Weekly Economic Update

Economic Update 11-09-2020

  • Economic data for the week included a stronger-than-expected employment situation report, and rising manufacturing and construction activity, yet slightly decelerating results for services.
  • U.S. equity markets gained strongly, with the Biden Presidential win and Congressional composition pointing to a status quo policy outcome. Foreign stocks followed, helped by a weaker dollar. Bonds were generally positive as well, with lower long-term interest rates and tighter credit spreads. Commodities also gained due to currency effects, although crude oil prices remain challenged.

U.S. stocks gained sharply last week, experiencing the strongest week since the early post-Covid downdraft in April—as election results became more clear. Every sector ended positively last week, led by growth segments technology and health care, each up over 8%. On the weaker side, energy rose less than a percent, with continued challenges for crude oil prices.

Foreign stocks rose in keeping with U.S. equities, with perhaps a bit of an additional boost from a weaker dollar. Europe fared best, followed by emerging markets. It’s likely not a small presumption that a Biden administration would be perceived to be a bit more ‘globally-friendly’ for regions with whom the U.S. has a strong trading relationship. The Bank of England boosted bond-buying by £150 bil. (to £875 bil.), larger than expected, in a continued effort to combat pandemic lockdown effects. This boosted sentiment, along with stronger European earnings.

The planned IPO of Alibaba founder Jack Ma’s Ant Group on the Hong Kong and Shanghai exchanges (expected to be the largest in history, at just over $35 bil.) was pulled by the Chinese government two days before its scheduled rollout date. Apparently, there were ‘major issues’ in regard to disclosures or listing requirements, but there was little transparency beyond that. This came a week or so after Ma criticized regulators for stifling innovation and the government emphasized a need for private sector leaders to ‘follow the party.’

U.S. bonds ticked up a bit, as interest rate increases on the shorter end were offset by lower rates on the longer end of the yield curve. These were perhaps a response to the mixed government, which implies lesser stimulus, which in itself implies lower inflation risks. (It is interesting how much information and expectations are embedded in a single treasury rate.) Corporate credit spreads also tightened, along with positivity for risk assets, resulting in leadership for investment-grade and high yield corporate bonds both. The U.S. dollar falling by -2% boosted foreign bonds in developed and emerging markets—more so for the latter, where emerging market local debt gained 5% last week.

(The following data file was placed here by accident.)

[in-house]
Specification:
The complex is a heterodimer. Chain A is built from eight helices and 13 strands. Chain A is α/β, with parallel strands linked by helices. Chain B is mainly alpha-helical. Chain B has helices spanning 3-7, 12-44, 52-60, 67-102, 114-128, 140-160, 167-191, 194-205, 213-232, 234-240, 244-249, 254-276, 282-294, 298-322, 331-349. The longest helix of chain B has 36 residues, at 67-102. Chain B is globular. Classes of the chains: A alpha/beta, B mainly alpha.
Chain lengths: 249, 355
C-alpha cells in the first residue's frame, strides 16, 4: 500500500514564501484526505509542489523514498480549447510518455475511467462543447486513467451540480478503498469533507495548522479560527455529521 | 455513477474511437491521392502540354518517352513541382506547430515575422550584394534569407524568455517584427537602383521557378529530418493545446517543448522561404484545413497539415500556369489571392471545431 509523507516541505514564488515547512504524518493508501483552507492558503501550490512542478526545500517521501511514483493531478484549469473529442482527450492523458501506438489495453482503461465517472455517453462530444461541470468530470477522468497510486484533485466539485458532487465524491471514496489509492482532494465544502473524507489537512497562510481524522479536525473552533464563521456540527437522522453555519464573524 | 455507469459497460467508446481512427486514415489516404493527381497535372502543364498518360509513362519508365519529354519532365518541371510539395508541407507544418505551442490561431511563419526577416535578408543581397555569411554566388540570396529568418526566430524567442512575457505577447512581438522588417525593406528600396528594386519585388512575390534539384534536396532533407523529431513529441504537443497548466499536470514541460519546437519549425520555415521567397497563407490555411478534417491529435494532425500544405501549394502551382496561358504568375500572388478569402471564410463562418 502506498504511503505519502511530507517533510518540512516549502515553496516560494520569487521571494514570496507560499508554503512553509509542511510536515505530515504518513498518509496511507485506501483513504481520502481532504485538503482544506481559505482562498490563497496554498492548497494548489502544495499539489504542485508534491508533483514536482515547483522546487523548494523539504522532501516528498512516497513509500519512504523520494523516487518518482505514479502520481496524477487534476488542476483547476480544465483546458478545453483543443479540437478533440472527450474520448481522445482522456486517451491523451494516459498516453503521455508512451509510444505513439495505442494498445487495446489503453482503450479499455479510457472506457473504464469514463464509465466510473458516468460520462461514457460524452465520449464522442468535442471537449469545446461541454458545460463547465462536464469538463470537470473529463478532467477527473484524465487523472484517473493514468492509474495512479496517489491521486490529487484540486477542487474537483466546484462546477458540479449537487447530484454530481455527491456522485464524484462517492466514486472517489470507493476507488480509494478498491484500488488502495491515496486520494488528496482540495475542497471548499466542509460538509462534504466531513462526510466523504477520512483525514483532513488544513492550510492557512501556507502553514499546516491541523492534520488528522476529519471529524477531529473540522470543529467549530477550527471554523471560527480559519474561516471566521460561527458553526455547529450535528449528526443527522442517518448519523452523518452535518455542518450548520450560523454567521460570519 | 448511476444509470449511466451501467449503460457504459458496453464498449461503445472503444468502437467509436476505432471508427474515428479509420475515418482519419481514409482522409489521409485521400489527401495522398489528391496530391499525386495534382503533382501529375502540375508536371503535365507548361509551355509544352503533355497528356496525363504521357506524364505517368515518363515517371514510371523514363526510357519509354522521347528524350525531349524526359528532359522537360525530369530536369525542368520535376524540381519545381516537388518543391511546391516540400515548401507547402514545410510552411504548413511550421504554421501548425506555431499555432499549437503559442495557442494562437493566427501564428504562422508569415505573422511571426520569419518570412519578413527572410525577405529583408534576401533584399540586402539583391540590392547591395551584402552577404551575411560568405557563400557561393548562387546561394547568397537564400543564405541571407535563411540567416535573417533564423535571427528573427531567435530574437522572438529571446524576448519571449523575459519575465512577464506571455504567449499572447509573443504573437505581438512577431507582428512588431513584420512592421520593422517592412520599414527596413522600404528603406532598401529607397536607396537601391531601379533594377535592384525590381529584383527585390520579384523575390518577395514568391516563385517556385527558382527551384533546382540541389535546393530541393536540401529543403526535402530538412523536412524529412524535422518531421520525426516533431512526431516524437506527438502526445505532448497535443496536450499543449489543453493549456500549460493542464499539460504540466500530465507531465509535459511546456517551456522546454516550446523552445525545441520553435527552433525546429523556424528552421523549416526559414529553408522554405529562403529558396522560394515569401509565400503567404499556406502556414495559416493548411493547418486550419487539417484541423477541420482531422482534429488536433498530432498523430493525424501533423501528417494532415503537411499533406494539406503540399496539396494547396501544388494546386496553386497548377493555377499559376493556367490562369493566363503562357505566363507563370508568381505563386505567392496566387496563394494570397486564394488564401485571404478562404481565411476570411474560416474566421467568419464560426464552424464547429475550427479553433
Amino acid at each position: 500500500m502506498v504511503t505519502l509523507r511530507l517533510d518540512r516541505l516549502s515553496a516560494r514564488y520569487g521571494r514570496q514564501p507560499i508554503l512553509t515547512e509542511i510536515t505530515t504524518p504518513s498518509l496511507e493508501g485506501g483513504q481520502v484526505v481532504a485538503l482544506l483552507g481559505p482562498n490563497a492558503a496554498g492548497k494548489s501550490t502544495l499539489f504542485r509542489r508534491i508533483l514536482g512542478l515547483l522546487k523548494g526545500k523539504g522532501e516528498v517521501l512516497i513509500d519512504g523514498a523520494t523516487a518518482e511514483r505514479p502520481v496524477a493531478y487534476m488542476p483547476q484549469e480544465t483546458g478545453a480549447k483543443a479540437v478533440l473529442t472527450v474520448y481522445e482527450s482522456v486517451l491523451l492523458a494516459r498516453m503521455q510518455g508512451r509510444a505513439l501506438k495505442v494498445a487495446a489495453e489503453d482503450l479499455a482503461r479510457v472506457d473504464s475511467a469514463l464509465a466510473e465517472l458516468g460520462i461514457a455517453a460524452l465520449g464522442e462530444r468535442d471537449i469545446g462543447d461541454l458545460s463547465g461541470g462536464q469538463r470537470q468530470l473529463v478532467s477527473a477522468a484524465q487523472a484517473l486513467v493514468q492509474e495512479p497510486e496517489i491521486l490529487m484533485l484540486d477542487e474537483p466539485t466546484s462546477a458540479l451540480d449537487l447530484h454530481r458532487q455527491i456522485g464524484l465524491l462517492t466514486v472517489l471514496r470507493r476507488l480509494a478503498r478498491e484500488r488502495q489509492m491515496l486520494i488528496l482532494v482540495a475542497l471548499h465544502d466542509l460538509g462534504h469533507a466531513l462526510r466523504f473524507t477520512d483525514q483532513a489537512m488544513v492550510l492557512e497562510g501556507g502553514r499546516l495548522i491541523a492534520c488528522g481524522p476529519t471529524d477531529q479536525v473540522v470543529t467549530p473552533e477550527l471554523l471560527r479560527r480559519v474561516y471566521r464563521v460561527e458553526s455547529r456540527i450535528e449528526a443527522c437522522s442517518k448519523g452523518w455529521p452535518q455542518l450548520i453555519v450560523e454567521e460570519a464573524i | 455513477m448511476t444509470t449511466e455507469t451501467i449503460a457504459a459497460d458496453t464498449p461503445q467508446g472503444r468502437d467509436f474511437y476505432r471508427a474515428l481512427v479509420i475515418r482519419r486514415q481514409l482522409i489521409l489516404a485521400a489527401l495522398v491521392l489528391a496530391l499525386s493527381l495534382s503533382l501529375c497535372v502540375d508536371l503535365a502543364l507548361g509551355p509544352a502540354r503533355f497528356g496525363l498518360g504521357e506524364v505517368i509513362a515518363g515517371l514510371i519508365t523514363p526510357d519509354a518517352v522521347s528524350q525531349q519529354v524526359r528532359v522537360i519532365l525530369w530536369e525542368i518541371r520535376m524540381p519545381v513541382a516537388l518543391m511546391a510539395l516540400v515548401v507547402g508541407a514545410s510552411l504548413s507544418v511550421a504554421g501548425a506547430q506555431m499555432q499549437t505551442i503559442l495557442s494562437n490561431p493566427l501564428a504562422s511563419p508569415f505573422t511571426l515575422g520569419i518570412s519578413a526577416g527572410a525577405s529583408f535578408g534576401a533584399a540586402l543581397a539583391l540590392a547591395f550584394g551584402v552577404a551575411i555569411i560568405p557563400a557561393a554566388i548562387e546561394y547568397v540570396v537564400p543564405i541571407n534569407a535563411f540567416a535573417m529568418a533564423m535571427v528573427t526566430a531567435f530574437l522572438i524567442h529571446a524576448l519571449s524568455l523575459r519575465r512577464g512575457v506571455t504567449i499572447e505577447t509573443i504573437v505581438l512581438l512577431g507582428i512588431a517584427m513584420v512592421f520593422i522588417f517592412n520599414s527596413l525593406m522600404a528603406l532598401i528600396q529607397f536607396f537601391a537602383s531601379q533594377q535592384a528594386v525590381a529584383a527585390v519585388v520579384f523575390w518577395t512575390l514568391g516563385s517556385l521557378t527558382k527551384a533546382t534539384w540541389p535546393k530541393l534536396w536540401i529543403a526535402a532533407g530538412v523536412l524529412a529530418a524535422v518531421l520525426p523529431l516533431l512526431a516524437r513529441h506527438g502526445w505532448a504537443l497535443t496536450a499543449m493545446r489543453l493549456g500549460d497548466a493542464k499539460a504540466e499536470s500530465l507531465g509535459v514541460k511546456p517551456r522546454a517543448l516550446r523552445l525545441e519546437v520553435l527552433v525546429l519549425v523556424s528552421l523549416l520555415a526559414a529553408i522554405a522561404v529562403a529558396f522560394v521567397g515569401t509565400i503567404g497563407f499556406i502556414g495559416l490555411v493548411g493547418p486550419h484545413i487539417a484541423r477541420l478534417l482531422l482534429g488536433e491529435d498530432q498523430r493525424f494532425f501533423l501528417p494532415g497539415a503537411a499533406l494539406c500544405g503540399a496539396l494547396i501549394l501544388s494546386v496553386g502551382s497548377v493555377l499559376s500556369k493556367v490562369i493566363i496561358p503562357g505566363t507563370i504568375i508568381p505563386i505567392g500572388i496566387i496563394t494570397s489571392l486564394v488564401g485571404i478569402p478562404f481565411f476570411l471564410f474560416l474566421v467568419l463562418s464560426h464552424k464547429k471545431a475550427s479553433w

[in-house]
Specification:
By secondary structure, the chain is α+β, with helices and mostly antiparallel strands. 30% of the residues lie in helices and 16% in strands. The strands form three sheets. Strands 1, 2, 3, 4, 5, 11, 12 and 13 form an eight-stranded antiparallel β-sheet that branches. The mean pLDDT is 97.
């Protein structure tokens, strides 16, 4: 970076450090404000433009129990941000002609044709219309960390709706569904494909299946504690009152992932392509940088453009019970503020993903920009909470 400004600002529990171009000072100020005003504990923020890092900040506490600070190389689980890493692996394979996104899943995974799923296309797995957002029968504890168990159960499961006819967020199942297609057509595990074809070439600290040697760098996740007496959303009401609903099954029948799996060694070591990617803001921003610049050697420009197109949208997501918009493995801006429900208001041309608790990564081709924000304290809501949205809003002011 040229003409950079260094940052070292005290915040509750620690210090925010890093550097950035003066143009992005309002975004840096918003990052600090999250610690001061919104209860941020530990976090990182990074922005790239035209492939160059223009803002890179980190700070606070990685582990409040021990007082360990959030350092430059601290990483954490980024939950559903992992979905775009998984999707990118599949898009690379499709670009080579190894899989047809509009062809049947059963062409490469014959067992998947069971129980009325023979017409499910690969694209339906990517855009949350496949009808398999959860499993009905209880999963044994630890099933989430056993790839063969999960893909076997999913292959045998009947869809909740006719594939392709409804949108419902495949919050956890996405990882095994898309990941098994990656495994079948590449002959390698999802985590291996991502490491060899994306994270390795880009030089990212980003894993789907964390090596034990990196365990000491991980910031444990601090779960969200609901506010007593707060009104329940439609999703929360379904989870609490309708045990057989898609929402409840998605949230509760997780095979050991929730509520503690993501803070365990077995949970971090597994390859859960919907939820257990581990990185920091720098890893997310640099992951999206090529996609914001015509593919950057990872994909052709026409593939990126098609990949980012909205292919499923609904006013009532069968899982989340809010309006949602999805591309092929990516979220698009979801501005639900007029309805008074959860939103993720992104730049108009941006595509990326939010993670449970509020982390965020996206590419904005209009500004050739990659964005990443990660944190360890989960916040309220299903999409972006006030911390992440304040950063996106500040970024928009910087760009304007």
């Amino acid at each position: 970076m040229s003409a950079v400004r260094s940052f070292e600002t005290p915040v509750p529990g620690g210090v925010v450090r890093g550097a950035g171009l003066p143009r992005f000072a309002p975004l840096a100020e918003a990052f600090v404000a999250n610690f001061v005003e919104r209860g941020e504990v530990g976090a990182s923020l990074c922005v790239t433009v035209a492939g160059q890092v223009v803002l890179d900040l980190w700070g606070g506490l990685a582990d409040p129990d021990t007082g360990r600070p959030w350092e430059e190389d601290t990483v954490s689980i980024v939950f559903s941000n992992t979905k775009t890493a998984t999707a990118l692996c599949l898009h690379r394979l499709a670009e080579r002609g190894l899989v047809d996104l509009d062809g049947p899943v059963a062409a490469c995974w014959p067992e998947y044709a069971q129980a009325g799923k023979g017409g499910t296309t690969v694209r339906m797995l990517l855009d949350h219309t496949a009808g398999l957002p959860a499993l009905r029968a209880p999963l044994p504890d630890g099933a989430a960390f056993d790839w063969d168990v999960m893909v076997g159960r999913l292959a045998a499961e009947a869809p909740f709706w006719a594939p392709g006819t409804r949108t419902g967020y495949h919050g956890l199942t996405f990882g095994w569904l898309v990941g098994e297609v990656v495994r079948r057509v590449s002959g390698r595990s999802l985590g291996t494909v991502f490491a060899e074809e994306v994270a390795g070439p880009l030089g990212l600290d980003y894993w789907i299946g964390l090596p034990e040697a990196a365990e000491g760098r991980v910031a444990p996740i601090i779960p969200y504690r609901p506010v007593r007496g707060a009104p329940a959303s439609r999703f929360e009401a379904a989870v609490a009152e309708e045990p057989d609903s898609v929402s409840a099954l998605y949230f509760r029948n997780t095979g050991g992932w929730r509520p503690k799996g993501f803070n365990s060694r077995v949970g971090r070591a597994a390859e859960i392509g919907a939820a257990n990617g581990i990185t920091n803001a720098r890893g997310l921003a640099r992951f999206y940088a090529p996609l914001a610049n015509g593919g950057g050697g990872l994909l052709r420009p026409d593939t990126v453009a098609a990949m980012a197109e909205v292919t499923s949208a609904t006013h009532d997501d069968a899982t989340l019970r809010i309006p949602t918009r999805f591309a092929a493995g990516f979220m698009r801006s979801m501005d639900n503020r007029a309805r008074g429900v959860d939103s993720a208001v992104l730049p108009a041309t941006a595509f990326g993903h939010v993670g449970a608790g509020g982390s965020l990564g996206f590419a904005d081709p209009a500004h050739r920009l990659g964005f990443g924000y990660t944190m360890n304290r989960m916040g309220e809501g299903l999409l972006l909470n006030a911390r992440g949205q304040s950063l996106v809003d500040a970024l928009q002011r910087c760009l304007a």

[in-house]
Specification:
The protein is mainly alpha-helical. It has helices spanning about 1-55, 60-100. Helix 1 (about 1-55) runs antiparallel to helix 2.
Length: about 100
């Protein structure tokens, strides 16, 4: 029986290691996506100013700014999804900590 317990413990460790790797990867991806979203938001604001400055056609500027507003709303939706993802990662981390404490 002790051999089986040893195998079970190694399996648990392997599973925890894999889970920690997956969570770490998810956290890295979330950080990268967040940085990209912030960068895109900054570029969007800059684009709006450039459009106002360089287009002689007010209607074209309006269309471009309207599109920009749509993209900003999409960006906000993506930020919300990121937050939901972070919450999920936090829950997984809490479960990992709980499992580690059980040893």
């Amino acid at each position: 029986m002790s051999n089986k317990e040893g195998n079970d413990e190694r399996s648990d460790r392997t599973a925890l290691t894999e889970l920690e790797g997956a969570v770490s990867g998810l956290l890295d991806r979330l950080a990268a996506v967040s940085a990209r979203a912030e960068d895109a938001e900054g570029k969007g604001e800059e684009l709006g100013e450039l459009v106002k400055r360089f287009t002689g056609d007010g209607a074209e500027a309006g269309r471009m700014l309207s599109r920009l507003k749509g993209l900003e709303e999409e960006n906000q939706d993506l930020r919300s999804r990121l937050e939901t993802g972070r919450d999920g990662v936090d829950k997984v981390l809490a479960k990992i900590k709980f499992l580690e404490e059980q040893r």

Commodities generally rose last week, along with most other risk assets and the weaker dollar. Each sector was up roughly a few percent each, led by stronger results for precious metals and including a bit of a recovery in energy. The price of crude oil rose by 4% to just over $37/barrel. This offset a double-digit price decline for natural gas, with weather forecasts for the East Coast expected to be warmer than normal—lowering expected heating demand.

Period ending 11/6/20201 Week (%)YTD (%)
S&P 5007.3610.33
Russell 20006.89-0.35
BBgBarc U.S. Aggregate0.496.83
U.S. Treasury Yields3 Mo.2 Yr.5 Yr.10 Yr.30 Yr.

Sources:  LSA Portfolio Analytics, American Association for Individual Investors (AAII), Associated Press, Barclays Capital, Bloomberg, Deutsche Bank, FactSet, Financial Times, Goldman Sachs, JPMorgan Asset Management, Kiplinger’s, Marketfield Asset Management, Minyanville, Morgan Stanley, MSCI, Morningstar, Northern Trust, Oppenheimer Funds, Payden & Rygel, PIMCO, Rafferty Capital Markets, LLC, Schroder’s, Standard & Poor’s, The Conference Board, Thomson Reuters, U.S. Bureau of Economic Analysis, U.S. Federal Reserve, Wells Capital Management, Yahoo!, Zacks Investment Research.  Index performance is shown as total return, which includes dividends, with the exception of MSCI-EM, which is quoted as price return/excluding dividends.  Performance for the MSCI-EAFE and MSCI-EM indexes is quoted in U.S. Dollar investor terms.

The information above has been obtained from sources considered reliable, but no representation is made as to its completeness, accuracy or timeliness.  All information and opinions expressed are subject to change without notice.  Information provided in this report is not intended to be, and should not be construed as, investment, legal or tax advice; and does not constitute an offer, or a solicitation of any offer, to buy or sell any security, investment or other product. 


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